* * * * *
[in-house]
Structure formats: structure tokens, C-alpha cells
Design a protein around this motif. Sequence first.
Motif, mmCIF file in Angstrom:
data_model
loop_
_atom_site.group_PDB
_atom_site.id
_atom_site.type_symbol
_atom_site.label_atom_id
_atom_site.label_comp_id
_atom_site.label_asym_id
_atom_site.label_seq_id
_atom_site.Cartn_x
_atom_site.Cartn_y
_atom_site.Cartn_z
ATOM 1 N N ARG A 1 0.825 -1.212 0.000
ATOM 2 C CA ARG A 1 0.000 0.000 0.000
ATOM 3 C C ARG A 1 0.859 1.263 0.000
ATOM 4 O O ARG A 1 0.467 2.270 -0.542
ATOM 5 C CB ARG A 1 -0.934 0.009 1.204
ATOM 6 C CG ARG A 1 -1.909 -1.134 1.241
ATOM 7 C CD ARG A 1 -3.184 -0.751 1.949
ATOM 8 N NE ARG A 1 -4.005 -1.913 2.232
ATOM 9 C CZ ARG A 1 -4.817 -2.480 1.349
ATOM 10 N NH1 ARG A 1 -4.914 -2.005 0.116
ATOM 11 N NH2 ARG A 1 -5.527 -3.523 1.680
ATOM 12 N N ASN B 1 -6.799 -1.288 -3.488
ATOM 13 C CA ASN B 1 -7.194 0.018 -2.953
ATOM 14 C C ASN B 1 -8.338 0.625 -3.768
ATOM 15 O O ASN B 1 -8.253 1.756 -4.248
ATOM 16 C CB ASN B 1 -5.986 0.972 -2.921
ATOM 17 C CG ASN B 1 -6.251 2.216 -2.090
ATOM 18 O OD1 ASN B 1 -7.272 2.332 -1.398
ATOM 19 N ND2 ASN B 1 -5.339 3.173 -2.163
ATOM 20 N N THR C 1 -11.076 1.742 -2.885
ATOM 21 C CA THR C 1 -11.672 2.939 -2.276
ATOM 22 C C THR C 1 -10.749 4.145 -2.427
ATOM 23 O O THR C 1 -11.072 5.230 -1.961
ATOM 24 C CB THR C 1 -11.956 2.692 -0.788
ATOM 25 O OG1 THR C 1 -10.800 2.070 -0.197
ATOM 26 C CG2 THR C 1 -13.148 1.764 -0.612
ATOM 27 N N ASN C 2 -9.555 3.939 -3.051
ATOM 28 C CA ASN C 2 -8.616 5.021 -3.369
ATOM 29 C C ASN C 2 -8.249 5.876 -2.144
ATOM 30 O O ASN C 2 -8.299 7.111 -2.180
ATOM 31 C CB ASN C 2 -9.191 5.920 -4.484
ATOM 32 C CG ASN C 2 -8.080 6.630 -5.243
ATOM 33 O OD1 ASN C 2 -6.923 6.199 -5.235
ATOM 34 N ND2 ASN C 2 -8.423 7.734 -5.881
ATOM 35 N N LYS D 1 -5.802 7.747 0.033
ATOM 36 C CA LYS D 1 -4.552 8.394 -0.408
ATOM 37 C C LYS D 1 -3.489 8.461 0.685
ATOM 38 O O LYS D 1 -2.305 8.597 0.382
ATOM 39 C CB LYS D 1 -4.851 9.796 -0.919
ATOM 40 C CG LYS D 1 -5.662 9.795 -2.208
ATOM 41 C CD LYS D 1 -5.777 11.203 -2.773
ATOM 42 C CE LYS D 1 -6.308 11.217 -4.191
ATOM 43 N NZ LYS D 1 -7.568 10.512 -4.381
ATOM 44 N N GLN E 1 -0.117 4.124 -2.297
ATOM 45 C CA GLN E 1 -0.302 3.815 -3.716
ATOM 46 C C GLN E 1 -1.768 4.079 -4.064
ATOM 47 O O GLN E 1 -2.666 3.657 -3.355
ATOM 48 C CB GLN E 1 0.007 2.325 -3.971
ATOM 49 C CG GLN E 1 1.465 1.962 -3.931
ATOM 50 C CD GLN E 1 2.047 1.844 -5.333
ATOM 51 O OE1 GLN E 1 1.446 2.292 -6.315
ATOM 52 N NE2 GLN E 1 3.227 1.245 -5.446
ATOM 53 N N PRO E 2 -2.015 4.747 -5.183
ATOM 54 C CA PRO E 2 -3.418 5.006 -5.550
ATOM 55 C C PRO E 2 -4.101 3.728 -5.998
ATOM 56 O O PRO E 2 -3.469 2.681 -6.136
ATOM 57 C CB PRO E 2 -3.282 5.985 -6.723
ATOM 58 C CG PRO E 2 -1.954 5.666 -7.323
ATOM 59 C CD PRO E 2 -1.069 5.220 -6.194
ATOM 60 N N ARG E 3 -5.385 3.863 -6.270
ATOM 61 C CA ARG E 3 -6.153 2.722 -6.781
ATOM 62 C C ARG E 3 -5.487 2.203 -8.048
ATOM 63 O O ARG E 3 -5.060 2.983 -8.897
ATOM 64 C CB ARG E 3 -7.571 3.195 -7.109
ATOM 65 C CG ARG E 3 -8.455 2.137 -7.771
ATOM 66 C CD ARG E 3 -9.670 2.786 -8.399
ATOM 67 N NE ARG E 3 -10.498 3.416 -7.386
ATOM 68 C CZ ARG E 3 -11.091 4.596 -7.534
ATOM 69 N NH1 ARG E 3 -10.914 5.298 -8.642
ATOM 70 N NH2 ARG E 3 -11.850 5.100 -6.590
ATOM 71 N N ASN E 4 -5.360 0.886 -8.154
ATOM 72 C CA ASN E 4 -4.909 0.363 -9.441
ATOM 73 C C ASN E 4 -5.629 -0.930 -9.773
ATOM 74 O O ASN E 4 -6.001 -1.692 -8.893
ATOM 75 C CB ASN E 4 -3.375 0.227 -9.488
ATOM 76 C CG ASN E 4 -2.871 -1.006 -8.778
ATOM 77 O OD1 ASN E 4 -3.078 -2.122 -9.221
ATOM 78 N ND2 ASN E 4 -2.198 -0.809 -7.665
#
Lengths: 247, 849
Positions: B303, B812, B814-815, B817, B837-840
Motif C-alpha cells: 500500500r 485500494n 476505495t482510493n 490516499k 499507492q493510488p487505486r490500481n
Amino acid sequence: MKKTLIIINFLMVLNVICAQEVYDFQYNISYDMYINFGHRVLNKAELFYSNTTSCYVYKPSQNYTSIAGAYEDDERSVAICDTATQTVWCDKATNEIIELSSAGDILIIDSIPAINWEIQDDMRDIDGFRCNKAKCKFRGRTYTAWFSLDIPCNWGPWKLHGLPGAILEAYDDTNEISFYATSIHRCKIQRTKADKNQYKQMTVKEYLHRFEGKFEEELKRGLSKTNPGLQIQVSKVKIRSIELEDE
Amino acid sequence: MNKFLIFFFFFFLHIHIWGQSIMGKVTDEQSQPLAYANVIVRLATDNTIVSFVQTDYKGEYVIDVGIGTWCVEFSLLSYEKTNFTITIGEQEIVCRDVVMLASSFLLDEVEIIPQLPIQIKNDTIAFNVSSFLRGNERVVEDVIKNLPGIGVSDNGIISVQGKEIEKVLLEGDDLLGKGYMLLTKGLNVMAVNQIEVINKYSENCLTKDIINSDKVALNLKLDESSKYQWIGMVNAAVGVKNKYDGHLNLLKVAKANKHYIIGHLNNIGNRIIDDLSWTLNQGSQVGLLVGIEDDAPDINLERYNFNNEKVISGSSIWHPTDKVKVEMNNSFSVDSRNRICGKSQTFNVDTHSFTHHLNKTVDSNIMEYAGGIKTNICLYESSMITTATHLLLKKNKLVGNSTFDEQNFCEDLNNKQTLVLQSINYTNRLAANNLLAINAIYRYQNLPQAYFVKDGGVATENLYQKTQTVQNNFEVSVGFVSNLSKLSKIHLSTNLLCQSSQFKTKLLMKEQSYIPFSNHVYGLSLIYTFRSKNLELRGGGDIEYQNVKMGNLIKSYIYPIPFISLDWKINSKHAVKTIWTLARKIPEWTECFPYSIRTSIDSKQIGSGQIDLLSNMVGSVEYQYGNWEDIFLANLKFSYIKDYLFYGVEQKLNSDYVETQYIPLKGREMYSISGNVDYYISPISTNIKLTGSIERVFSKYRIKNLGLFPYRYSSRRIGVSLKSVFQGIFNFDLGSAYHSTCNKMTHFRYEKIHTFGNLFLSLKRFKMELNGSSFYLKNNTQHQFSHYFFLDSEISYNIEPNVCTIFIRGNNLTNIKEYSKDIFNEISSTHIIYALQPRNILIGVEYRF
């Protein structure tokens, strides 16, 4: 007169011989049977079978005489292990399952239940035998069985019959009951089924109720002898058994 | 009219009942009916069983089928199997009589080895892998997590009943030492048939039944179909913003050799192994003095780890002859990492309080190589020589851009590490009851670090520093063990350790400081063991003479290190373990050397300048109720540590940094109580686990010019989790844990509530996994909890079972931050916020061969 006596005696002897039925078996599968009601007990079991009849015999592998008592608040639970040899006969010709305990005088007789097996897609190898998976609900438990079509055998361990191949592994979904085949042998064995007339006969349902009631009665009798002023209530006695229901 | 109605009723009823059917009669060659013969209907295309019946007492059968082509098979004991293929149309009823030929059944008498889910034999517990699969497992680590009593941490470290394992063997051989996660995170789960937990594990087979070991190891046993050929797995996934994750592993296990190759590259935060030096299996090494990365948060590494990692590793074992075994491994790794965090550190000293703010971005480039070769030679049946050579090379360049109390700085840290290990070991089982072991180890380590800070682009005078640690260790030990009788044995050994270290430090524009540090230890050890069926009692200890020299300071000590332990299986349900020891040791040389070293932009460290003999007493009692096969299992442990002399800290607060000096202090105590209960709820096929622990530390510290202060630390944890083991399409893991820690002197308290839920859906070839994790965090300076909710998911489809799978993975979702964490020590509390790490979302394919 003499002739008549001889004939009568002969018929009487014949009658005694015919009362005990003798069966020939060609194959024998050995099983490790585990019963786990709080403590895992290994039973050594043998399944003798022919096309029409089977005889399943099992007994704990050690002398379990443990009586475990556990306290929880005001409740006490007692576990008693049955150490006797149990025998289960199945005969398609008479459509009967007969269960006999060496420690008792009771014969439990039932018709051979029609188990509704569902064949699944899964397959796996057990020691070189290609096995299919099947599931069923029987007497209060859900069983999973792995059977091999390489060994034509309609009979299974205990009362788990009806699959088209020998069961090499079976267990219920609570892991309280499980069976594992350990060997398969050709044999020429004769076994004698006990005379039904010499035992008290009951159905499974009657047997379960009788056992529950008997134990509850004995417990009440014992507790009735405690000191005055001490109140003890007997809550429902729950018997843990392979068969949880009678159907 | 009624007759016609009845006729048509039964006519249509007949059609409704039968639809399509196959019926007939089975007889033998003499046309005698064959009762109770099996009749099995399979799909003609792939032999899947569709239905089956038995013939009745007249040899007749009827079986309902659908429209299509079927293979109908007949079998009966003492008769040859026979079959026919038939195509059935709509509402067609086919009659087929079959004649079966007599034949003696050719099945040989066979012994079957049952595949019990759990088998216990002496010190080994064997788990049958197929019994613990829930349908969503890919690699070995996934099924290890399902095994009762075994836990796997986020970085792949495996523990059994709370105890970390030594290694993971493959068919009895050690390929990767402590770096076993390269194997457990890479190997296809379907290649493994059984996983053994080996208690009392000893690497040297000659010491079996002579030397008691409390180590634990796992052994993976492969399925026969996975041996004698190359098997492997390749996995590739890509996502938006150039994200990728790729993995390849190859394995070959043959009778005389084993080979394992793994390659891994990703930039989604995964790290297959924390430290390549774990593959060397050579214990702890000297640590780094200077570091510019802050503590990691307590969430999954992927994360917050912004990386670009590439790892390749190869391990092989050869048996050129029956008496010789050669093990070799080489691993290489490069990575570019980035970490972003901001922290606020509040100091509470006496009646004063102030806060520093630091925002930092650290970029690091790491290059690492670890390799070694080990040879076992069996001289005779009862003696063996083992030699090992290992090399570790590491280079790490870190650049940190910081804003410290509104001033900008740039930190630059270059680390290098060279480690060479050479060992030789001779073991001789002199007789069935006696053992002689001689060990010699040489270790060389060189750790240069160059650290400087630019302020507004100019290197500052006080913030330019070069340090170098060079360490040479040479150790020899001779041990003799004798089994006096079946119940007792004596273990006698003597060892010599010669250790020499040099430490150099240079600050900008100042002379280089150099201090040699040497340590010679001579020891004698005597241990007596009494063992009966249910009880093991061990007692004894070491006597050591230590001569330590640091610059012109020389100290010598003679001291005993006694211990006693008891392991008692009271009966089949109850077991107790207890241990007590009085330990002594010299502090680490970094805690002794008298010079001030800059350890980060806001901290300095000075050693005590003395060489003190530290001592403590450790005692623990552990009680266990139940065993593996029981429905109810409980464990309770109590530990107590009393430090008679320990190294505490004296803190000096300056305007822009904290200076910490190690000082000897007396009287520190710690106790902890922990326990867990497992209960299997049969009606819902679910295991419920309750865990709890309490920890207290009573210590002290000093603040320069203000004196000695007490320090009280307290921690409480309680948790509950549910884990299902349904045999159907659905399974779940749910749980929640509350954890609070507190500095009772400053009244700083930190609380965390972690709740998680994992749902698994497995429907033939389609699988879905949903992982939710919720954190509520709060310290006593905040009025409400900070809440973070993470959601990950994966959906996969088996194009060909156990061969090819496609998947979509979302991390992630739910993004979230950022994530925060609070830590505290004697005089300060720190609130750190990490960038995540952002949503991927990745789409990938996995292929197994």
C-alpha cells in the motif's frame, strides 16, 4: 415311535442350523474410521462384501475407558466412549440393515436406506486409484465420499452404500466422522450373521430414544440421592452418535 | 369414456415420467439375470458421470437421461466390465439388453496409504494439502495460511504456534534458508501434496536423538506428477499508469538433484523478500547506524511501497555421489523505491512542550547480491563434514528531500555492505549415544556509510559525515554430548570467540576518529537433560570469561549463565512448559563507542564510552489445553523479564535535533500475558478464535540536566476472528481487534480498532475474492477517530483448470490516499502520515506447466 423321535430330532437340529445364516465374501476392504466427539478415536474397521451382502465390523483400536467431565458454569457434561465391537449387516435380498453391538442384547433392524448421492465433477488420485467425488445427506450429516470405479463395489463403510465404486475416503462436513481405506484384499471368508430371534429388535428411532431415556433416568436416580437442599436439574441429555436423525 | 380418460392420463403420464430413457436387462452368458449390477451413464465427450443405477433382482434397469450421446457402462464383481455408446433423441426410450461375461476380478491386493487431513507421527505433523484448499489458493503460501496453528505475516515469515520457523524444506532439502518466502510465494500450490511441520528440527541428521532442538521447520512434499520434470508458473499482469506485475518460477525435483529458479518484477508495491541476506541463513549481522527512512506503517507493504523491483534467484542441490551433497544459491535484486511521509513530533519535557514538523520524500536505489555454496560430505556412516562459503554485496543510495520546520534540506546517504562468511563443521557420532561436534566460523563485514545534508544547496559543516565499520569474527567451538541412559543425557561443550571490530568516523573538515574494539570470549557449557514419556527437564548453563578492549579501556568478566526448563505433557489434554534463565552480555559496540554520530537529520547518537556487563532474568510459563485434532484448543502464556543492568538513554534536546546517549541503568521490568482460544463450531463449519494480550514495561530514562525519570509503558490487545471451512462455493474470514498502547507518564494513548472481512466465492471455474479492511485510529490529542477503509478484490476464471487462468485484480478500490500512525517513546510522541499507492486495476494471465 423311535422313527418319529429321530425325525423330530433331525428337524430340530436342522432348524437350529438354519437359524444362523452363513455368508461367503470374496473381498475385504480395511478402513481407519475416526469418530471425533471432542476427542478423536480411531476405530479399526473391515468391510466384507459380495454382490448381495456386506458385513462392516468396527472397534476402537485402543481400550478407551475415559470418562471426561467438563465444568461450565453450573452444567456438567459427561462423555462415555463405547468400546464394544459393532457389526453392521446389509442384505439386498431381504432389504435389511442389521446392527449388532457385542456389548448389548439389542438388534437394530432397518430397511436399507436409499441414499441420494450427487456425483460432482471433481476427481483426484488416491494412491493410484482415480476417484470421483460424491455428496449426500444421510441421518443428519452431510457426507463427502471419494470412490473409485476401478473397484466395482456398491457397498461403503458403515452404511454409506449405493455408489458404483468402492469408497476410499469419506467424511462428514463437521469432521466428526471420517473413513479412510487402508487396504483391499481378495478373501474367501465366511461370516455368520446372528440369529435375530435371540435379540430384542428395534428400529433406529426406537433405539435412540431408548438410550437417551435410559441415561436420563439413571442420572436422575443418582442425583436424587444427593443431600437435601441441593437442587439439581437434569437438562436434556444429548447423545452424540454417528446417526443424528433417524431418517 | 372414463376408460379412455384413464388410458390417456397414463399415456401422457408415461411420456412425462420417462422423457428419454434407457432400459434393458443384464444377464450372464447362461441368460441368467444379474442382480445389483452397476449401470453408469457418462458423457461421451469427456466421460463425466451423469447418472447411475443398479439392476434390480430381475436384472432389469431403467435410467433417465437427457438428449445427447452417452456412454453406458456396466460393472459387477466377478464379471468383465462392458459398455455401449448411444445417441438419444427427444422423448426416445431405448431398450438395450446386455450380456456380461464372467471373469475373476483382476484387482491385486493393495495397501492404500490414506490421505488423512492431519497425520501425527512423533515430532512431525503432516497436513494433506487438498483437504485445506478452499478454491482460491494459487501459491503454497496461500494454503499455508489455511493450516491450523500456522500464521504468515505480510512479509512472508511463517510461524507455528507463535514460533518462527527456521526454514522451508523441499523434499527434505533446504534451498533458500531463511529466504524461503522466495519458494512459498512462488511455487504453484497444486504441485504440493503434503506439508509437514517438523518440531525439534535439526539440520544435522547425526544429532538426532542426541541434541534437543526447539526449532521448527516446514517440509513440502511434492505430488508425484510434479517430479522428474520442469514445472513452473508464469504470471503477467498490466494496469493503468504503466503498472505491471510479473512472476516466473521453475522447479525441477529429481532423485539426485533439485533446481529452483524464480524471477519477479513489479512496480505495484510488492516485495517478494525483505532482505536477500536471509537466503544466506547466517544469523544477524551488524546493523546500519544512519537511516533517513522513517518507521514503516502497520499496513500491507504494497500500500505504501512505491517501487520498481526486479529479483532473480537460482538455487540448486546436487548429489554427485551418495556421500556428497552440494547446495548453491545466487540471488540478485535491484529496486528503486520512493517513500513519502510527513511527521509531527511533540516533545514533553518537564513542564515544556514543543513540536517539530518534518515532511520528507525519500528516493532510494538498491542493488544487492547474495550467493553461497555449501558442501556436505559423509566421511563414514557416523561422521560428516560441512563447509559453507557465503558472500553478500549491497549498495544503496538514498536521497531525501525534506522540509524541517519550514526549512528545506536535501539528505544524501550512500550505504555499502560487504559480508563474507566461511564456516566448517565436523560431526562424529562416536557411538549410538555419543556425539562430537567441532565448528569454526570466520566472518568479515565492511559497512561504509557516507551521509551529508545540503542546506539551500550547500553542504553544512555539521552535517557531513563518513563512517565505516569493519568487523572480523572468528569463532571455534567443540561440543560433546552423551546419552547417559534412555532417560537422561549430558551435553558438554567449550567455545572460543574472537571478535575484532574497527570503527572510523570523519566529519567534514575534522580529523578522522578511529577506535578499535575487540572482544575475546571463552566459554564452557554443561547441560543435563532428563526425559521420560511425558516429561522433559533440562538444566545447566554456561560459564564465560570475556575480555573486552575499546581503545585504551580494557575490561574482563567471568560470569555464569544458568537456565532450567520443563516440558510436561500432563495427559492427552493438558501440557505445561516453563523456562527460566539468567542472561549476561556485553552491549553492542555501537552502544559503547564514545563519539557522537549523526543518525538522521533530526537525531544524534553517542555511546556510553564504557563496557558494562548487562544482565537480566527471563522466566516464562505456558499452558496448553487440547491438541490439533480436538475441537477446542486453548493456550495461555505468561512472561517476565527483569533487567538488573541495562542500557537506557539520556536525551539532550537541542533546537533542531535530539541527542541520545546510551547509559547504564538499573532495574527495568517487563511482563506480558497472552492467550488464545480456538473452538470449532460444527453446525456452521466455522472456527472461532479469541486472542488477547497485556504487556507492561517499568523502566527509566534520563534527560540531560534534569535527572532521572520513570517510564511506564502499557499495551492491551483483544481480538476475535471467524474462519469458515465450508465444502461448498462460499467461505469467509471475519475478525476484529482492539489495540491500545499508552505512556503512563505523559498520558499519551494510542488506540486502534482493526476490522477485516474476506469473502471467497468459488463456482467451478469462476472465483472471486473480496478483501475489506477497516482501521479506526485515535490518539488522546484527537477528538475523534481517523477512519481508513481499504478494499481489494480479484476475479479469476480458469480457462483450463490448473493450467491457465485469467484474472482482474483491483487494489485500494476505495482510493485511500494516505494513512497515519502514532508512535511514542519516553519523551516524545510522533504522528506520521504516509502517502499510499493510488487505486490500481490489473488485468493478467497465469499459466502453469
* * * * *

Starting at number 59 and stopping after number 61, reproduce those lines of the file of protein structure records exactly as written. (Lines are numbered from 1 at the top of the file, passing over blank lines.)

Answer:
ATOM 43 N NZ LYS D 1 -7.568 10.512 -4.381
ATOM 44 N N GLN E 1 -0.117 4.124 -2.297
ATOM 45 C CA GLN E 1 -0.302 3.815 -3.716